For the outside enviroment i proceeded to take the same steps that i used to create the inside enviroemnt. I began by using the fundamental building blocks offered by Unreal. I began by arranging the walls in a “U” shape to accommodate the viewer’s surroundings.

After correctly positioning the camera and determining the scale of the items, I incorporated several models from Quixel of an outdoor, mossy environment. In order to reproduce the tea party atmosphere, I used stone mossy walls all around the player and placed a table in the centre. I added structures to the end of the environment to make it appear larger than it actually was and various pebbles and stones to the environment to give it more life.

I adjusted the scale of the things in the enviroment to give them a larger appearance in order to make the environment appear magical like Alice in Wonderland. I was able to construct two realistic-looking environments with high quality assets using my concept sketches and several movie stills as inspiration. By utilising excellent models, I can increase the viewer’s immersion in the scene.


Sound will be a significant component of my immersive design project because it may help the viewer become fully immersed in the environment.

I wanted to incorporate ambient sounds throughout my entire piece of art. Having a silient scene will cause the viewer to not feel as immersed in the project, which is why I’m doing this.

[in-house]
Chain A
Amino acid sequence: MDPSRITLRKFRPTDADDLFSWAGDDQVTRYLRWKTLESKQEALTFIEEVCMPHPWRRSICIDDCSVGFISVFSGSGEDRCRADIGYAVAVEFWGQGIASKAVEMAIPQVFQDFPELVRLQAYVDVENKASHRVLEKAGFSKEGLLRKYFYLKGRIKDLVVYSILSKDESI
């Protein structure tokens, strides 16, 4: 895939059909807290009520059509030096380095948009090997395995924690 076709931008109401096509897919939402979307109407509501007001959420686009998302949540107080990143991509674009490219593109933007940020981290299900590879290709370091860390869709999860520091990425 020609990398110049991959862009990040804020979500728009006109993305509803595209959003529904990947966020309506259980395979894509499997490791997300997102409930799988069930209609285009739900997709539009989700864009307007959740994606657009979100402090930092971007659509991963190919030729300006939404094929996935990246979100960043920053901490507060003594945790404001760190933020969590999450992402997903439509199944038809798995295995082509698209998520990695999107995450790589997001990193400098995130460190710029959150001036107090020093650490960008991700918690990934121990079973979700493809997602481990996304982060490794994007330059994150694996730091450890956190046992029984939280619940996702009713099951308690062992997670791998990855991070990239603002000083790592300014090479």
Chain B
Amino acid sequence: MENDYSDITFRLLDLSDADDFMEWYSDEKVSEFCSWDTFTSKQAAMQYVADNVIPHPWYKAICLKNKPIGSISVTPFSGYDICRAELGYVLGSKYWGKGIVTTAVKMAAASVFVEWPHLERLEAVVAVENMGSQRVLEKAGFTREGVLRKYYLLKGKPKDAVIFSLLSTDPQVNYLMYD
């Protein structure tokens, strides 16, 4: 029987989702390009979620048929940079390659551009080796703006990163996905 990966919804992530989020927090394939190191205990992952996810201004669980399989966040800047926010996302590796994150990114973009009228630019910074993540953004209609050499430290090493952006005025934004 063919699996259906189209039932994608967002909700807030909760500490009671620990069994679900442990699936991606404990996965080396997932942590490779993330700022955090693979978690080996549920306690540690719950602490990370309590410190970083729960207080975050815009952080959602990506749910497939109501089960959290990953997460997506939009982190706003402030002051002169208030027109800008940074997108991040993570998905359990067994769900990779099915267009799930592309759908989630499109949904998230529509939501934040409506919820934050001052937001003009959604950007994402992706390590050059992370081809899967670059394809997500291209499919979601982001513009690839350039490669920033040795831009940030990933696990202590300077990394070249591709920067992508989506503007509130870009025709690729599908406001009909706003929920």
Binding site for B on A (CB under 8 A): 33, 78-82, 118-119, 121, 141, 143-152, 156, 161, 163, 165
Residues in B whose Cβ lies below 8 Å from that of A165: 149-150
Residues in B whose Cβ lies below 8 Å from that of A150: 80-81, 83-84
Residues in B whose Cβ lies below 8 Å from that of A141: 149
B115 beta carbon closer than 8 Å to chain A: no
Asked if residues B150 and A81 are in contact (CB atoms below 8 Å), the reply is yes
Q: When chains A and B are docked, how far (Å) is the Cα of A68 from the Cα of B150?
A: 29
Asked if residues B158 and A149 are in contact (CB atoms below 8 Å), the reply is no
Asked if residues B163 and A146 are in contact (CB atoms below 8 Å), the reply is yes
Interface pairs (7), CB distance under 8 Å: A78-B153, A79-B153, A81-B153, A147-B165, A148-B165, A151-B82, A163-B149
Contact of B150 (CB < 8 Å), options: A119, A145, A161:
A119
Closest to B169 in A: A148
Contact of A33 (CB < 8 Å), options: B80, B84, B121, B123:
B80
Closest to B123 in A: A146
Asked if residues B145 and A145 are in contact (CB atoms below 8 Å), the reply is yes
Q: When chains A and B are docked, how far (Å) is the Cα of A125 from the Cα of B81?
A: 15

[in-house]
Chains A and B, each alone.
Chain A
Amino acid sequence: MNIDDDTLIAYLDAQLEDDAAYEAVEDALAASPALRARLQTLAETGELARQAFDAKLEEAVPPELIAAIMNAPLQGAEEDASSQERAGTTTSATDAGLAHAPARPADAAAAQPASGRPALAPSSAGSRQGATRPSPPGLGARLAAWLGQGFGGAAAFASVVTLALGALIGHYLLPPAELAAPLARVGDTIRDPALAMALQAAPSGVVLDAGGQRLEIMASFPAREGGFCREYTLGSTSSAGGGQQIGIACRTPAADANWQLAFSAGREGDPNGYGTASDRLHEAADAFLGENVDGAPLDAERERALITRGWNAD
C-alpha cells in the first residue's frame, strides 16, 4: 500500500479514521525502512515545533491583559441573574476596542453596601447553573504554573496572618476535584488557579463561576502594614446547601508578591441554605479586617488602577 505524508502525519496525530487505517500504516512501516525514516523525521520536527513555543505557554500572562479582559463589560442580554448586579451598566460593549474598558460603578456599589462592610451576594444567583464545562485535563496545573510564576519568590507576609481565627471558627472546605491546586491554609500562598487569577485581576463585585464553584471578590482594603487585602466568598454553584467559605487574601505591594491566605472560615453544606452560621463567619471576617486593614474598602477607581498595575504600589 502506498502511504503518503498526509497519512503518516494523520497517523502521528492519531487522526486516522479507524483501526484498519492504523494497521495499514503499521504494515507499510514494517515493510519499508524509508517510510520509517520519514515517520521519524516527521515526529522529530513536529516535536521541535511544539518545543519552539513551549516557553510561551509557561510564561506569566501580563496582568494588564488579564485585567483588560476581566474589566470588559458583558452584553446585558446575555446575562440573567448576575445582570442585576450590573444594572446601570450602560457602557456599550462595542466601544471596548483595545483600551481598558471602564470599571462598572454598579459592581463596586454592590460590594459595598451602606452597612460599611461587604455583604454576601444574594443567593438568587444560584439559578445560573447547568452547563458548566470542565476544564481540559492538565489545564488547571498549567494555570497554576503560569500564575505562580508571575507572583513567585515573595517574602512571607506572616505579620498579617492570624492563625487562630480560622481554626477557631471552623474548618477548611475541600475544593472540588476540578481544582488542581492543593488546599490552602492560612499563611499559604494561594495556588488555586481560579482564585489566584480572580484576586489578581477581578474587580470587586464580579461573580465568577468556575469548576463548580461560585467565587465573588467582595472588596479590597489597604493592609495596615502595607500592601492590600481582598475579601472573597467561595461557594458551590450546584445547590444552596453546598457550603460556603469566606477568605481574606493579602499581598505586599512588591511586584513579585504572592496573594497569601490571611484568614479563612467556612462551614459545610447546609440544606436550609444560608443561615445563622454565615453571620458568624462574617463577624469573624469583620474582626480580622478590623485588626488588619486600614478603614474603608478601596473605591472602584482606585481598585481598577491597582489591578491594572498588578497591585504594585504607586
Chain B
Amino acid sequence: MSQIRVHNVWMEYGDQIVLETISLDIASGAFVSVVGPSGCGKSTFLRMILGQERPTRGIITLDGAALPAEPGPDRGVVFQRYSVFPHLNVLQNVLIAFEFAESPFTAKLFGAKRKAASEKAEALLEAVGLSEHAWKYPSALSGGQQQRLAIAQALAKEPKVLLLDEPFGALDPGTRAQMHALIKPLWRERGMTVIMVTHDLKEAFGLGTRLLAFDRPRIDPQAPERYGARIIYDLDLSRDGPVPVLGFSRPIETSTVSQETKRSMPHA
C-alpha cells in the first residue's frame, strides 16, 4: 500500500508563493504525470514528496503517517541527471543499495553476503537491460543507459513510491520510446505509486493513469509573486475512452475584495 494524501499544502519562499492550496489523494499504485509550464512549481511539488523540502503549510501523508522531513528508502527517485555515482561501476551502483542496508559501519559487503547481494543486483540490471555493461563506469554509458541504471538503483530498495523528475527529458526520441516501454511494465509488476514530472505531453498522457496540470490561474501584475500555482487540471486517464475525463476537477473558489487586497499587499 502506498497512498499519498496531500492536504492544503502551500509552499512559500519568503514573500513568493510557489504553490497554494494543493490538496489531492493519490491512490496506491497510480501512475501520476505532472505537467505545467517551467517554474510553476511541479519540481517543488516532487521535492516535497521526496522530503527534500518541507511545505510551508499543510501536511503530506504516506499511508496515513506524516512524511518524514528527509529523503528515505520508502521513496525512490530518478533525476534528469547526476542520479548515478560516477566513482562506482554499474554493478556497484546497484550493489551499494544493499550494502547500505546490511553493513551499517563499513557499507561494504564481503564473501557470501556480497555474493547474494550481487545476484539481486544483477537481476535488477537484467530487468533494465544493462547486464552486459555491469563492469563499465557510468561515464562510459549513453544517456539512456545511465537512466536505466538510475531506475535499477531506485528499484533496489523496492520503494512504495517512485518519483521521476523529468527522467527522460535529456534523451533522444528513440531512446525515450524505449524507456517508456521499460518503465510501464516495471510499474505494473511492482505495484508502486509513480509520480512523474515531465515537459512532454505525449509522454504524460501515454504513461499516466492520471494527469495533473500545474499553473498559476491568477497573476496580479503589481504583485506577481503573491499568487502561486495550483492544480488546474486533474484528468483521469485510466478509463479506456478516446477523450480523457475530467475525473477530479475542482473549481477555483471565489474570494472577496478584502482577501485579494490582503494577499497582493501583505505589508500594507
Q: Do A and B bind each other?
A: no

Sounds i want for the project:

  • Ambient noices e.g. birds chirping and wind. spacial audio/mono
  • Clock ticking/ clock chime. spacial audio
  • Talking e.g. mad hatter and wisp/cheshire car. spacial audio
  • Magical noices. spacial audio/mono

As I haven’t used sounds much in prior work that I have done, I experimented with different applications to generate the noises. It was difficult to integrate the sound into programmes like Premiere and get it to work with the 360 degree video, despite my first attempts to capture sound directly from Unreal Engine.

I also practised using a new piece of software called Adobe Audition. I can create 360-degree audio using Adobe Audition, which I can then export into Premier Pro.  I hopefully will be able to upload that to YouTube so that people may experience it fully with 360 degree audio.

I used the dearVR plug-in in Adobe Audition to have the audio come from a spacific location. I was able to choose where I wanted the audio to come from and let the plug-in write over the clip to place it where I wanted it using this tool. I had to play the audio clip while rotating the dials to give the impression that the audio was travelling behind the viewer’s head in order to create the moving audio.

I was finally able to import these audio files into Premier Pro and make necessary adjustments to the clips. to their proper places for them to function.

My final animation features two characters speaking to the player and a clock sound effect. I intentionally kept the animation’s sound effects to a minimum because the software frequently crashed, and I didn’t want to overwhelm my computer with too many various types of sound.